According to Laura and some other folks I talked to before the trip, Eloise is one of the town's unofficial historians and is known for the extensive scrapbooks she keeps that contain local news clippings. Eloise's scrapbooks document decades of county activities that detail the lives of local residents, and her collection is truly a genealogist's gold mine.  If you have ancestors with Holmes County roots, you may want to talk to Eloise. Prior to the trip, Eloise had already told me that her clippings do not include information about any of the county's illegal activities that involved liquor, gambling, etc., so she is unable to help me directly with that subject matter.  But during our phone conversations prior to leaving on this trip, Eloise had told me that she knew several older men in town who actually knew Tillman. She continued by saying the men were willing to talk to me when I got to town, and she was available to make the introductions. So we met Eloise, and she generously offered to direct us to the locations where I interviewed the men that afternoon. Through this series of interviews, I gained much valuable knowledge and insight in the life and business activities of Tillman, information that I will later incorporate into the book. I thanked Eloise for her help, and we made tentative plans to meet again next year after the book comes out. According to Eloise, some of her friends have already told her they want to purchase copies of the book when it is published, and I thanked her for telling them about it. 

As we made our way out of Lexington, I stopped to take a few photos that are relevant to the book. First, I photographed the historic Holmes County Courthouse that serves as the county's center of justice. Although the original courthouse has been rebuilt several times throughout the years, the current brick structure is old and is an absolutely amazing piece of architecture. Located at the center of the town square, the courthouse, with its large clock tower, is still the focal point of downtown Lexington. 

Source: Private Photo Collection (2013)

Holmes County Courthouse
On The Square
Lexington, Mississippi
Just a few blocks down the hill and off the square sits the old Holmes County Jail. Replaced by a newer facility a number of years ago, the now-abandoned structure is a sad reminder of the decades of civil unrest that plagued so many places in the south throughout the 1950's and 1960's. This particular photo is especially important to the book, since it is where the young black man who shot and killed Tillman Branch was taken after his arrest on Easter Sunday 1963.
Source: Private Photo Collection (2013)

Old Holmes County Jail
Lexington, Mississippi
I could not visit Lexington, of course, without seeing my aunt and uncle, my mother's only sibling and his wife, who live just off the square in a house where they have lived for over 50 years. My uncle and my mother grew up in the Coxburg community of Holmes County, near Lexington, where their parents grew up and where many of our younger cousins still live. We had a lovely, but brief, visit with the two of them, and left after declining their sweet invitation to accompany them to a church supper at their church in Coxburg. Although we already had dinner plans for the evening, our decision to decline the invitation was further complicated by the the aroma of fried chicken and freshly baked bread coming from my aunt's kitchen! 

As we traveled away from Lexington on Highway 17, headed for Interstate 55 South, we passed The Little Red Schoolhouse, a historic landmark near Richland, Mississippi, known as the birthplace of the Order of the Eastern Star. The organization was founded by Dr. Robert Morris, a Boston-born teacher who lived and taught in Oxford, Mississippi. Dr. Morris was a member of the Fraternal Order of Freemasons, and while teaching in Oxford, he had earned the title of Master Mason. Dr. Morris was soon recruited by some Holmes County citizens and educators to teach at the newly established Mount Sylvan Academy in Richland, Mississippi, in the now-historic small brick building known in later years as The Little Red Schoolhouse.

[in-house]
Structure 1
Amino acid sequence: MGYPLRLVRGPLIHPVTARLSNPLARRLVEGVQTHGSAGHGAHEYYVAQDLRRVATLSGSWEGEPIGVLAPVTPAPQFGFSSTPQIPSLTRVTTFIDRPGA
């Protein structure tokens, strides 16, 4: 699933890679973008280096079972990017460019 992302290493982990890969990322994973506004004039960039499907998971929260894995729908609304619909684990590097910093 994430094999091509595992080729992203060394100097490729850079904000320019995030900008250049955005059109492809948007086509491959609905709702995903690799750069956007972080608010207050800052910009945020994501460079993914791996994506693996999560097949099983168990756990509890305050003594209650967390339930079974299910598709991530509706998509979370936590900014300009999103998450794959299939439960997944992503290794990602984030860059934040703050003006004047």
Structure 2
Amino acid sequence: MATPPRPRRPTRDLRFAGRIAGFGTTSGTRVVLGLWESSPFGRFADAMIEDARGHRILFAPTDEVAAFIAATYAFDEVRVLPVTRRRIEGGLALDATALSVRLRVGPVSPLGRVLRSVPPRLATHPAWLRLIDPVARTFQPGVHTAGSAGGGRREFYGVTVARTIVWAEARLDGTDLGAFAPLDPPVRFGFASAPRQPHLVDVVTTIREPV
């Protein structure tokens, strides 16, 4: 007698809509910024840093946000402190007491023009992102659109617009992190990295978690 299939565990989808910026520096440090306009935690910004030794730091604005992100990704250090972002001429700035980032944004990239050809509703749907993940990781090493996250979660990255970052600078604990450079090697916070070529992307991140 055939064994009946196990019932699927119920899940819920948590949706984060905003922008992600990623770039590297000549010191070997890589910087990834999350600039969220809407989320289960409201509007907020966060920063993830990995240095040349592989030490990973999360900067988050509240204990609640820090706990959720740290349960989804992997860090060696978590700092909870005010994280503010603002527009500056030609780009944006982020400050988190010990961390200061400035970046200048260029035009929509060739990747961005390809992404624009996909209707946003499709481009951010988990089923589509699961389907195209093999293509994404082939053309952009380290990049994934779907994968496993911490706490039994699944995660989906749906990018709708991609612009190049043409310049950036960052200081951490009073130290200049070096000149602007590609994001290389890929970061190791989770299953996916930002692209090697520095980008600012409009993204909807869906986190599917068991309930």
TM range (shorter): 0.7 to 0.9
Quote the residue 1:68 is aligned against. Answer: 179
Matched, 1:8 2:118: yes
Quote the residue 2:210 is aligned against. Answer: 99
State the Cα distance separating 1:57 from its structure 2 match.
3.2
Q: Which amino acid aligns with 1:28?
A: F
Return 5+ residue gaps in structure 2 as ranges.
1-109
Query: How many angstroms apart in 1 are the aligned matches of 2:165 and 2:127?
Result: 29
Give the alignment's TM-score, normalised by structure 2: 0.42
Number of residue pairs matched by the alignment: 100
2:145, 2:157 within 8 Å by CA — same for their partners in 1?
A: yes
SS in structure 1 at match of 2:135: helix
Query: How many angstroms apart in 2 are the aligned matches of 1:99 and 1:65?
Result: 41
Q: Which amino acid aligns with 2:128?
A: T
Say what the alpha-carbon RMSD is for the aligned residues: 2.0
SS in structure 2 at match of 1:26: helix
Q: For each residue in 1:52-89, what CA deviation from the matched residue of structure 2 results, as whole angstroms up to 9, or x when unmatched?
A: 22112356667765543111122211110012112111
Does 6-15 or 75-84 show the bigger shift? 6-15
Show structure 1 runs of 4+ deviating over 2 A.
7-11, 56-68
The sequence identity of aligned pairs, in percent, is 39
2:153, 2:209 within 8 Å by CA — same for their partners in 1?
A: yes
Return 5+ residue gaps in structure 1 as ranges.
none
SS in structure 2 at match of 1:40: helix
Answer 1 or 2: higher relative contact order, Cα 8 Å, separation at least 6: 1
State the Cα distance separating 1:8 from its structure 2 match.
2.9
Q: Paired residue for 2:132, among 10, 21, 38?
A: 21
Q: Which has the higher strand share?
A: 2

Source: Private Photo Collection (2013)

The Little Red Schoolhouse
The Birthplace of the Order of the Eastern Star
Richland, Mississippi
And it was during his time in Richland that Dr. Morris founded the Order of the Eastern Star, an organization for women only, since female membership in the Masonic Order was prohibited. From its humble beginnings in rural Holmes County, the Order of the Eastern Star grew and multiplied, and currently there are chapters of the Order throughout the world.

Source: Private Photo Collection (2013)

Historic Marker
Richland (Holmes County) Mississippi
As we entered Interstate Highway 55 somewhere south of Canton and north of Gluckstadt, a former German farming village and now a burgeoning portion of affluent and ever-expanding Madison County, Mississippi, I noticed something I have seen before in the Mississippi Delta - small ponds, about an acre or so in size. For decades now, farmers throughout the Delta have transitioned lands depleted by more than a century of cotton and soybean farming into catfish farms. Now a large money-making part of the state's economy, raising catfish in small ponds, is a newer form of agriculture known as "aquaculture."  But these ponds in Madison County did not appear to be true catfish ponds. There were no automatic feeding devices on the sides of the ponds, and, at a glance, they appeared to be more shallow than catfish ponds in the Mississippi Delta region.  I also noticed a piece of machinery sitting in some of the ponds, a device that looked much like the apparatus used to harvest crawfish in ponds that I have seen in the past in south Louisiana and in coastal areas of Texas. Perhaps this portion of the South, once known as the land of cotton, is evolving into the land of catfish and crawfish. 

Before we knew it, we were in heavy traffic created by the bustling suburban sprawl along I-55 that indicated we were almost to our next destination.

To be continued......